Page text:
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Who Is My Brother: Universal Fellowship

November 28, 2006

I am continuing to read Who Is My Brother by F. Lagard Smith. In my previous post I talked about Part 1, The Quiet Revolution. Part 2 of the book is titled Fivefold Fellowship. This section is loaded with deep thinking on questions that relate directly to Christian Unity. These issues are too important to be addressed superficially in a single post. So I will be posting an article on each of the five levels of fellowship, beginning now with Universal Fellowship–The Family of Man.

Deu 23:7 Do not abhor an Edomite, for he is your brother. Do not abhor an Egyptian, because you lived as an alien in his country.

Mat 5:47 And if you greet only your brothers, what are you doing more than others? Do not even pagans do that?

There is a sense in which we are brothers with every person created in the image of God. As Smith says,

We rake leaves together, work in polling stations together, participate in condominium associations together, and join forces in the local Neighborhood Watch. By and large it doesn’t seem to matter if they are divorced and remarried unbiblically, or knock back a six-pack while watching the Super Bowl, or subscribe to Playboy. When it comes time for the 4th of July community barbecue, we plop ourselves right down next to them and have a hearty laugh together about the latest neighborhood happenings. [p. 89]

When people are struck by a tsunami, a hurricane, an earthquake, a tornado, or any other tragedy, our hearts go out to them. We do not first consider whether the survivors share our understanding of scripture, or have even heard it. We show compassion because we are all in this together. It could just as easily have been us instead of them.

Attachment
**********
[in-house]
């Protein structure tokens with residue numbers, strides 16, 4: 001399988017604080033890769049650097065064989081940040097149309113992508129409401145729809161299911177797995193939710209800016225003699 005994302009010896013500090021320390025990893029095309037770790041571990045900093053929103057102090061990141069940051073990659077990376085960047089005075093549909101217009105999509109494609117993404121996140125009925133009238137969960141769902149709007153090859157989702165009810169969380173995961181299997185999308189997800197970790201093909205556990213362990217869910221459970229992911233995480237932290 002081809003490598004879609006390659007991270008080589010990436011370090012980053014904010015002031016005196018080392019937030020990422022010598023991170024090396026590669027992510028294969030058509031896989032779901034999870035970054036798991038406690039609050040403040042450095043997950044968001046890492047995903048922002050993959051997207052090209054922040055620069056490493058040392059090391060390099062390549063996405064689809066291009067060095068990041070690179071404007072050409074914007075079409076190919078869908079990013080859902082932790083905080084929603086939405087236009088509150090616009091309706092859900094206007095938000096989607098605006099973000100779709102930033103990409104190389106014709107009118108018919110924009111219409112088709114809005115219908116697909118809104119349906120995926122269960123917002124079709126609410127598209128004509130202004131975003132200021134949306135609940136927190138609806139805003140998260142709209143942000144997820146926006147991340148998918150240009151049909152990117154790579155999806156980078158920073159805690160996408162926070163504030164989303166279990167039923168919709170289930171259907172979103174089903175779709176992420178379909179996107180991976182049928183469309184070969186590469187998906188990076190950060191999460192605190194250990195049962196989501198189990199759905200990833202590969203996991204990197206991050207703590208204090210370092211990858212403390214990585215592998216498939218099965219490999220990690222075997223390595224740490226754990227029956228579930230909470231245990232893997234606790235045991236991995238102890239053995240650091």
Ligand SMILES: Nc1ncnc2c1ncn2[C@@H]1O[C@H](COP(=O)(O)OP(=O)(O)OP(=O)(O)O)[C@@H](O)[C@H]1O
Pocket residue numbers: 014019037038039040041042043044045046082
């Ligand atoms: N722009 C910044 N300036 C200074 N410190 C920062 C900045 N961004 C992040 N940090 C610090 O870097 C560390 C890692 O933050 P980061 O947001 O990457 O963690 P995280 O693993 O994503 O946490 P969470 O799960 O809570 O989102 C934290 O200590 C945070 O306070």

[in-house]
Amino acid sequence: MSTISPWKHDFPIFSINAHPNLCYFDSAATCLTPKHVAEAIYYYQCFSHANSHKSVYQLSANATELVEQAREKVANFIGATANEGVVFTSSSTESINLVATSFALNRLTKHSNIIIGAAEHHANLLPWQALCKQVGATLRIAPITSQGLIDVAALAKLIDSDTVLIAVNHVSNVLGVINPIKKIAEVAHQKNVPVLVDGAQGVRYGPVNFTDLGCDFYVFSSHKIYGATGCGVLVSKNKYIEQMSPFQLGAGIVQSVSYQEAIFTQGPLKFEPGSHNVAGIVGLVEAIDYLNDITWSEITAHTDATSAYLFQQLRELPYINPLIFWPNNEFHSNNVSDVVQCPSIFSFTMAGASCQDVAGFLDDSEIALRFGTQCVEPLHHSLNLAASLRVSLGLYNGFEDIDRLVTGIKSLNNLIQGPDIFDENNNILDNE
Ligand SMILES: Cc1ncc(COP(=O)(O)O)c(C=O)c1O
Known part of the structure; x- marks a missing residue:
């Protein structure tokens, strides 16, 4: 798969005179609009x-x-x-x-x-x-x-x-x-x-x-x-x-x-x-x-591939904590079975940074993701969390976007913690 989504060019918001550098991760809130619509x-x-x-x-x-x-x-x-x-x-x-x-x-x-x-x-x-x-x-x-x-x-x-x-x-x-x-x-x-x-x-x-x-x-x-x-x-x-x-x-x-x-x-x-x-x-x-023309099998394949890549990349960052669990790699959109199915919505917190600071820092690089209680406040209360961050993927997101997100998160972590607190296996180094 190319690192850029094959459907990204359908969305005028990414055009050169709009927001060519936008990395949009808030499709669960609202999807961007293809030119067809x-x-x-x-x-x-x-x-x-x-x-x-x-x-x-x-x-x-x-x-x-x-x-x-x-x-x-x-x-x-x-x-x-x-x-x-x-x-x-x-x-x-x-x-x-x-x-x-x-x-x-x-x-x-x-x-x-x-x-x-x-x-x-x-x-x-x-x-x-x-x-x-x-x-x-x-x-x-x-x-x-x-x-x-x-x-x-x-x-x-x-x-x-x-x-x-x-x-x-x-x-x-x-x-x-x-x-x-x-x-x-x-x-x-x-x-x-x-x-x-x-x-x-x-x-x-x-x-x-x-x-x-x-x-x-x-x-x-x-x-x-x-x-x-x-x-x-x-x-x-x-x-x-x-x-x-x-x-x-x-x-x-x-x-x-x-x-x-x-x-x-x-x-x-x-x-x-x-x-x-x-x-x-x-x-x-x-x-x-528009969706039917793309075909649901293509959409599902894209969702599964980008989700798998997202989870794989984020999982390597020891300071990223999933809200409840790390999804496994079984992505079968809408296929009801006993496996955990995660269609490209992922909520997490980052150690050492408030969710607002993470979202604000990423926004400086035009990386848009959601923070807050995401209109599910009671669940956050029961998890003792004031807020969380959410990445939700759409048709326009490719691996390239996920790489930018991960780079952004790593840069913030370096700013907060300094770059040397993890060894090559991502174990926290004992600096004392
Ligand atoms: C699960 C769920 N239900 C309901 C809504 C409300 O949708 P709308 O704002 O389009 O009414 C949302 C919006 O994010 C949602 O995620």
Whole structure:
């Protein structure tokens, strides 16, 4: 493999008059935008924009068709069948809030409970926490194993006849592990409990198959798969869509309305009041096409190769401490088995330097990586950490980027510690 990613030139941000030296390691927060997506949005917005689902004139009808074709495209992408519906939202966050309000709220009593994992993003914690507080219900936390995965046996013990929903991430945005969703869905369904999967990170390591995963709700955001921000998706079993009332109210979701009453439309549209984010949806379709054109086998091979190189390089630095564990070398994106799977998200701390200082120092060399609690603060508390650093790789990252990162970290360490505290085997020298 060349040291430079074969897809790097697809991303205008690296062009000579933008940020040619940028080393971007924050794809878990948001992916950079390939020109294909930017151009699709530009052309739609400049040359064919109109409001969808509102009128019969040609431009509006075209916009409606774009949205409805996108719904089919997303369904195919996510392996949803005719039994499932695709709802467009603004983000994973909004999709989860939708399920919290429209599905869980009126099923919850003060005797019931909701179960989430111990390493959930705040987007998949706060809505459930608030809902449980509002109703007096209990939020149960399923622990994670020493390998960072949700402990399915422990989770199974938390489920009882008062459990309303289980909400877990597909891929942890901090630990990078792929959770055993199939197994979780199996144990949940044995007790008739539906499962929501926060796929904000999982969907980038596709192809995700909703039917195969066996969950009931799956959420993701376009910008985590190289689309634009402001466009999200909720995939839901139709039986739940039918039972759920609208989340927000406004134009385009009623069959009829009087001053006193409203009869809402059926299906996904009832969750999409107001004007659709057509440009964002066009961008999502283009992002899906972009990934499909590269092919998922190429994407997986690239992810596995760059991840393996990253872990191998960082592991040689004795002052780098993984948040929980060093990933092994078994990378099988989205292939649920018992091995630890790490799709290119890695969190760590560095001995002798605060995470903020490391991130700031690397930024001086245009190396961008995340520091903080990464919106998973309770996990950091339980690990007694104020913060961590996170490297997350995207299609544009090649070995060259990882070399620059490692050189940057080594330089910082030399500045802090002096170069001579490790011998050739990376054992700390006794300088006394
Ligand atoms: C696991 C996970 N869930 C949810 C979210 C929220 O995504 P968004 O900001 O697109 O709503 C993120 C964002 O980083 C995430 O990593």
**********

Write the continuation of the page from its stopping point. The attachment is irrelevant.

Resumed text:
A Christian is to love his neighbor as himself (even if that neighbor is a total stranger).

Of course Universal Fellowship does not imply that we accept everyone as a Christian. Perhaps when we meet with Christians on Sunday, we talk about how our neighbor is headed straight for eternal punishment. Do we then return home to watch a football game with that neighbor, without ever mentioning the matter about eternity? If so, maybe we have forgotten that we are in this thing together. We have forgotten our universal brotherhood.

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2 comments

  1. While Universal Fellowship may not imply that everyone is acceptable as a child of God, it certainly doesn’t imply that unless you believe exactly as I do your lost, as some groups have judged. Too often I have seen those who profess to be Christians turn their backs to those who don’t share the same wording on the “church sign,” or fail in some other way to meet standards that are often only traditional, with no scriptural support other than their own private interpretations. Who is my brother? Those who believe in Jesus, and strive to follow Him. We may differ in many ways, but only God knows a persons heart, so I had rather err on the side of acceptance than refusing to fellowship someone God deems His child.


  2. I have the same issues that you mention concerning baptized Christians whose conduct and godliness are eclipsed by people who believe in Jesus, but haven’t been baptized “correctly”.I completely agree with Anon’s statement that who I consider my brother are “those who believe in Jesus, and strive to follow Him. We may differ in many ways, but only God knows a persons heart, so I had rather err on the side of acceptance than refusing to fellowship someone God deems His child.”Amen!



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